Reasons for change: Like all the Congressional districts, District 13 must expand. The additional Brooklyn neighborhoods added are conservative, mostly home-owning communities that used to be part of District 9.

Political Outlook:

Current District 13 2008 Presidential result: 48.7 percent Obama, 50.5 percent McCain

Common Cause Reform District 13 2008 Presidential result: 49.3 percent Obama, 49.9 percent McCain

Common Cause proposed congressional District 14: West Harlem, Washington Heights, Northwestern Bronx

Incumbents within the district: Jose Serrano (Democrat), Eliot Engel (Democrat)

Current makeup: Current District 14 (Maloney) covers the East Side of Manhattan, expanding into a smaller portion of Queens. Common Cause Reform District 14 is a combination of parts of current District 15 (Rangel-D), District 16 (Serrano-D), and District 17 (Engel-D).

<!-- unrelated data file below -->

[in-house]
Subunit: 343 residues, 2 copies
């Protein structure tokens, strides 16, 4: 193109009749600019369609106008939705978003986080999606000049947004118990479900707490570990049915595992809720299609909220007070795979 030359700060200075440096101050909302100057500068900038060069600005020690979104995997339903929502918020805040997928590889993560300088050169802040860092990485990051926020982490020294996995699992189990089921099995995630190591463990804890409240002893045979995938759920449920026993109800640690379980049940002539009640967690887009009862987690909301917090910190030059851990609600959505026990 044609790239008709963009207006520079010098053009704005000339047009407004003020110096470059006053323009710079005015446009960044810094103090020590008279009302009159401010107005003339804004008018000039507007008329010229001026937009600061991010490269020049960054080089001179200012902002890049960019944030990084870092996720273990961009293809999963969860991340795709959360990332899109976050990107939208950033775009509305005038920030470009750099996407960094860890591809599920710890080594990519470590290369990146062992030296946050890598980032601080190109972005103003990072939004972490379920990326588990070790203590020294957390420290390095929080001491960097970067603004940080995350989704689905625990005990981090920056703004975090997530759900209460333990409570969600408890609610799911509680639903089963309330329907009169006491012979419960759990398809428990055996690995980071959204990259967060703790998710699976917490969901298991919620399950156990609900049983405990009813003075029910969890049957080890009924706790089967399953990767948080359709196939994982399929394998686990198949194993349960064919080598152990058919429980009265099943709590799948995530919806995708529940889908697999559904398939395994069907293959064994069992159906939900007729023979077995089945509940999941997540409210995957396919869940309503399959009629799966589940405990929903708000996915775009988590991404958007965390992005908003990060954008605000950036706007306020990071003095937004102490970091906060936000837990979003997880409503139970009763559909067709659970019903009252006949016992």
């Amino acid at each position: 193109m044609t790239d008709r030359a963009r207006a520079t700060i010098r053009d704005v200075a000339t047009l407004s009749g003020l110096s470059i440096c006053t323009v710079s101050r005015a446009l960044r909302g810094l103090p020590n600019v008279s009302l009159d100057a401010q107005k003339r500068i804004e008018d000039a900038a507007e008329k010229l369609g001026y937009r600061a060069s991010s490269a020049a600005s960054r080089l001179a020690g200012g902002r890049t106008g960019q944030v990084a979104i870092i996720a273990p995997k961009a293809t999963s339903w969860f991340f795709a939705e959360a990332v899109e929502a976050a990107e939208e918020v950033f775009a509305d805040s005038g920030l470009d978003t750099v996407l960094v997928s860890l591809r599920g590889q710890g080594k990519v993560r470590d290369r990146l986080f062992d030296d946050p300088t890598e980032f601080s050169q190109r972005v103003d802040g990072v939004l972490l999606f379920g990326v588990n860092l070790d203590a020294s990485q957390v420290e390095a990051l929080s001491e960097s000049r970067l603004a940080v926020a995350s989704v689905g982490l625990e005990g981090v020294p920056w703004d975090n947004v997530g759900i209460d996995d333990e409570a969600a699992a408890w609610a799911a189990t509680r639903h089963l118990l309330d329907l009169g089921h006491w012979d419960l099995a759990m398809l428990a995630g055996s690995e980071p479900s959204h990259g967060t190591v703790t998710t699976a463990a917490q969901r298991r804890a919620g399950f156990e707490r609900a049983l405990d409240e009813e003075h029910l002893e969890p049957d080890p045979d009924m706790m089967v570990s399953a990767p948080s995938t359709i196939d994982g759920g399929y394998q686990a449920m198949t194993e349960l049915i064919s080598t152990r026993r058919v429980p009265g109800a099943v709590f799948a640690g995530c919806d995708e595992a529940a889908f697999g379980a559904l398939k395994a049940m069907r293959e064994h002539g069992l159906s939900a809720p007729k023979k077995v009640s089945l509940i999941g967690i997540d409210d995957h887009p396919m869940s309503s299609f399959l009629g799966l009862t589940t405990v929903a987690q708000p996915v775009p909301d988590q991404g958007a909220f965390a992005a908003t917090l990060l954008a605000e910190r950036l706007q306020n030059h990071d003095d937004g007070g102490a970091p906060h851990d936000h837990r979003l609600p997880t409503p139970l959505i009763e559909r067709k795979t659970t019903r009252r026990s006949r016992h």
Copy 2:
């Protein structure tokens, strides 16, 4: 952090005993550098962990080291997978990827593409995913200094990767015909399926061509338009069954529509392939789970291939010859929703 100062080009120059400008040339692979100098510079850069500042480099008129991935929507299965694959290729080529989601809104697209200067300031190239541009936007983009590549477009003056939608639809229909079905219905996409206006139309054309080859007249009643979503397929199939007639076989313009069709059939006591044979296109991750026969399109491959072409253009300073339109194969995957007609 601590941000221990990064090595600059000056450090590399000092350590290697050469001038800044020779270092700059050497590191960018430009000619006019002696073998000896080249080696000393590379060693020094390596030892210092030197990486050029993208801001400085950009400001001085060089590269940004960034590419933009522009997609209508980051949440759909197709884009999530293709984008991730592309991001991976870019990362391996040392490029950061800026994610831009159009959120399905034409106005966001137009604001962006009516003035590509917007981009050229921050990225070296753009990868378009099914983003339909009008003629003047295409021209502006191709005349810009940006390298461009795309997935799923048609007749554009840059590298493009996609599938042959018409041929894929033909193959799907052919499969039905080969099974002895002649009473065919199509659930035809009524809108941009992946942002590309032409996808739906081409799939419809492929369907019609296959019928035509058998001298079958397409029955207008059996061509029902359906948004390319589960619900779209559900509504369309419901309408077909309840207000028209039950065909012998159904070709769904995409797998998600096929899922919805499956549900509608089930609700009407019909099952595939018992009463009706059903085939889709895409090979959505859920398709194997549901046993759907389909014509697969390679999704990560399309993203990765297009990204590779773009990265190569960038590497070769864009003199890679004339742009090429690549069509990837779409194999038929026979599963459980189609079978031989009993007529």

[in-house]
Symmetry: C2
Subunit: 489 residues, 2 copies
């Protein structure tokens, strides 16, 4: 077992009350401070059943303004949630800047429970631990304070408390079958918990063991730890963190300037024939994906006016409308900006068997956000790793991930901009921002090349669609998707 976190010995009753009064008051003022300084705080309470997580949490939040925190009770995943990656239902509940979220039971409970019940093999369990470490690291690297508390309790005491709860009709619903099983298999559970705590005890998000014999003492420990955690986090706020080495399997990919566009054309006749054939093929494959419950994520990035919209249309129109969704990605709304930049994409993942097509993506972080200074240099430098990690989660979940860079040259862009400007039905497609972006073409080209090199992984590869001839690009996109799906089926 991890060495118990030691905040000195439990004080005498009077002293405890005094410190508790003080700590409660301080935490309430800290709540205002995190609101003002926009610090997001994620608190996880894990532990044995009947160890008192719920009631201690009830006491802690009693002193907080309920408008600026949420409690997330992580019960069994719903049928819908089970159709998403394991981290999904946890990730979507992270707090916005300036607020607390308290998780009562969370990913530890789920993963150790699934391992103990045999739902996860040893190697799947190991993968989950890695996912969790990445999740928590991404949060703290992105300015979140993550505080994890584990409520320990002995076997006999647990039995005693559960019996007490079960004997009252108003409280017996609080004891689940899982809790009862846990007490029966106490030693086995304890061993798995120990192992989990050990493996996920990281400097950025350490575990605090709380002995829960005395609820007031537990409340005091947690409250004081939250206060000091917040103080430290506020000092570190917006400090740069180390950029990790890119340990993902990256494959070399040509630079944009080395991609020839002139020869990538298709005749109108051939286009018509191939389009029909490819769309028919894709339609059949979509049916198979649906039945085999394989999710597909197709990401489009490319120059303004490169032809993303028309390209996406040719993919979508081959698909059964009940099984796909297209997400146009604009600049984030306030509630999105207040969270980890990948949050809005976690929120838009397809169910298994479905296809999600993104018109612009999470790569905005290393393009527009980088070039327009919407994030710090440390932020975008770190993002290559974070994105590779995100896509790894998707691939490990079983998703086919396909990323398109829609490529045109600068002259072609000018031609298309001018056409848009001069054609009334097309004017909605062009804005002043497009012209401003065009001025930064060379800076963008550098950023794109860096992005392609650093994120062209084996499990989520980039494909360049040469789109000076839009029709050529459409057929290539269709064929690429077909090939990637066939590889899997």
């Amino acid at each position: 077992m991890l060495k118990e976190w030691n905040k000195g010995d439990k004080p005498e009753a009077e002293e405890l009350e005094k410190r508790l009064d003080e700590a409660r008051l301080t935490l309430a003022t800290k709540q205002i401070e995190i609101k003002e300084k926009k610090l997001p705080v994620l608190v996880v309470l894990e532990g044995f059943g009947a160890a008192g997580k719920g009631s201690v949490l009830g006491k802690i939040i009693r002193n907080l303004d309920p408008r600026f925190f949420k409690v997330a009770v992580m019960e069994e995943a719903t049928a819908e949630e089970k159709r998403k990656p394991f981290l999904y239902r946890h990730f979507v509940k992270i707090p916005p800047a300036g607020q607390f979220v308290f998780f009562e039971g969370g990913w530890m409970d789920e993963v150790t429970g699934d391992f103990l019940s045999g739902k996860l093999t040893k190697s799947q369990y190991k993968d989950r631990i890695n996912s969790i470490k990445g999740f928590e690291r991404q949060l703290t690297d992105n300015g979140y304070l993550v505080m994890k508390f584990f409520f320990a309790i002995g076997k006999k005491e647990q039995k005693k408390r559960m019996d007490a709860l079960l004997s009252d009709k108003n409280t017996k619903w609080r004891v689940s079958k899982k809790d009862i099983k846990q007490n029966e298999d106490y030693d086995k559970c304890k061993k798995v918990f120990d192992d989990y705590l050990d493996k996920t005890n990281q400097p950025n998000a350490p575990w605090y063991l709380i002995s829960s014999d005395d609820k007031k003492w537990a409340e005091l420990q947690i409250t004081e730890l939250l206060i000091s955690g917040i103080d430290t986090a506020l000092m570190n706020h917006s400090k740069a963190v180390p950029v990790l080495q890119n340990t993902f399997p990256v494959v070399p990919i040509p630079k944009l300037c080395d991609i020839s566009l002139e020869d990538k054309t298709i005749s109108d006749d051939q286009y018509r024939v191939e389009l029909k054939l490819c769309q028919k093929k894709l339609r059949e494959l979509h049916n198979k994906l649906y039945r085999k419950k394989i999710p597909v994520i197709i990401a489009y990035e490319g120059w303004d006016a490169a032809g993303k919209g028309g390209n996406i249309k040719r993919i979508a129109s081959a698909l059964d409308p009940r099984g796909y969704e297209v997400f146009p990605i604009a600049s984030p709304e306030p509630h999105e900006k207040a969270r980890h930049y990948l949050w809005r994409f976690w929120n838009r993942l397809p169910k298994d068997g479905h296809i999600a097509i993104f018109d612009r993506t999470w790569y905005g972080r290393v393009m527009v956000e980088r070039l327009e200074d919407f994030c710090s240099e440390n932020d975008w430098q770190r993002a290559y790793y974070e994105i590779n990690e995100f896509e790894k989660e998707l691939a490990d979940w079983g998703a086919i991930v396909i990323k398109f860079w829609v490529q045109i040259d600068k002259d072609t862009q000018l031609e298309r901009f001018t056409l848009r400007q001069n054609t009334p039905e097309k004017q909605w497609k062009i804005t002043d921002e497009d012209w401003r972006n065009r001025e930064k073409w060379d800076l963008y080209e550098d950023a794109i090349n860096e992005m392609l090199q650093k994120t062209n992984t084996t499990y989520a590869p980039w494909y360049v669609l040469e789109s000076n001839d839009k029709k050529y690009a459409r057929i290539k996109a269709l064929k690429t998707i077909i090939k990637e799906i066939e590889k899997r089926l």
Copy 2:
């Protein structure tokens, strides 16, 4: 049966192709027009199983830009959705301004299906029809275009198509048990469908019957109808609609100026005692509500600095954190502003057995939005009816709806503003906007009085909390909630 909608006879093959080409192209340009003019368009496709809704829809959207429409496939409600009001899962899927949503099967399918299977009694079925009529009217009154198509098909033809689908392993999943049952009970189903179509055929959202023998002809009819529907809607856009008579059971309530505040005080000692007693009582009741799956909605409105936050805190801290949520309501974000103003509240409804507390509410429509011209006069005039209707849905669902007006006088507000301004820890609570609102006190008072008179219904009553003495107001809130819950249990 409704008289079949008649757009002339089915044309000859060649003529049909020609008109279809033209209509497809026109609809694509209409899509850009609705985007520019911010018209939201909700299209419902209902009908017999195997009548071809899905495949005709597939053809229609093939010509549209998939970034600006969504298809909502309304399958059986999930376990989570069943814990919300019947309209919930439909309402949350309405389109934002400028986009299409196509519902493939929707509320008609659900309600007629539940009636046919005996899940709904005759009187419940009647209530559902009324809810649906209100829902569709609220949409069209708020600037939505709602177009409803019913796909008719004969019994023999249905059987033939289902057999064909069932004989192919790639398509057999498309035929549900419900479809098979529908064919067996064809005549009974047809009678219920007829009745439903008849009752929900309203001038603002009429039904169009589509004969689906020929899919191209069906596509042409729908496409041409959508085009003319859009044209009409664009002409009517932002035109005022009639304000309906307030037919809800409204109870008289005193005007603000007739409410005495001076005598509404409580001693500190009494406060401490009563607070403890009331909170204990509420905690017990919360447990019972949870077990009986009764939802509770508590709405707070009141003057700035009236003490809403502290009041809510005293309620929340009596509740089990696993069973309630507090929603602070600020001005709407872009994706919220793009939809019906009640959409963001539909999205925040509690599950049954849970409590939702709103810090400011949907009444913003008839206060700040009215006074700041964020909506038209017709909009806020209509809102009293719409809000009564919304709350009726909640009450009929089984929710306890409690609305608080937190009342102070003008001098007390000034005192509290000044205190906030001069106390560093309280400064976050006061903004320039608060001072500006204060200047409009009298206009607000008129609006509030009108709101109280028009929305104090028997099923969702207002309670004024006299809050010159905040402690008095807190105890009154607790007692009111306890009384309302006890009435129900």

Common Cause map change: Common Cause Reform District 14 is a new district shape that includes the Northwest Bronx and West Side of Northern Manhattan to form a majority Hispanic seat with a 54.5 percent Hispanic voting-age population.

Reasons for change: The Hispanic community of the Bronx is currently concentrated in District 16 (Serrano-D), which is 65.5 percent Hispanic voting-age population. The Common Cause reform map balances the Hispanic population between two districts to create two Hispanic-majorities in Common Cause Reform Districts 14 and 15. With the exception of the affluent Riverdale area, the neighborhoods of this district have much in common: dense neighborhoods of tenements and row houses, a working class population, subway lines, and two major north-south highways.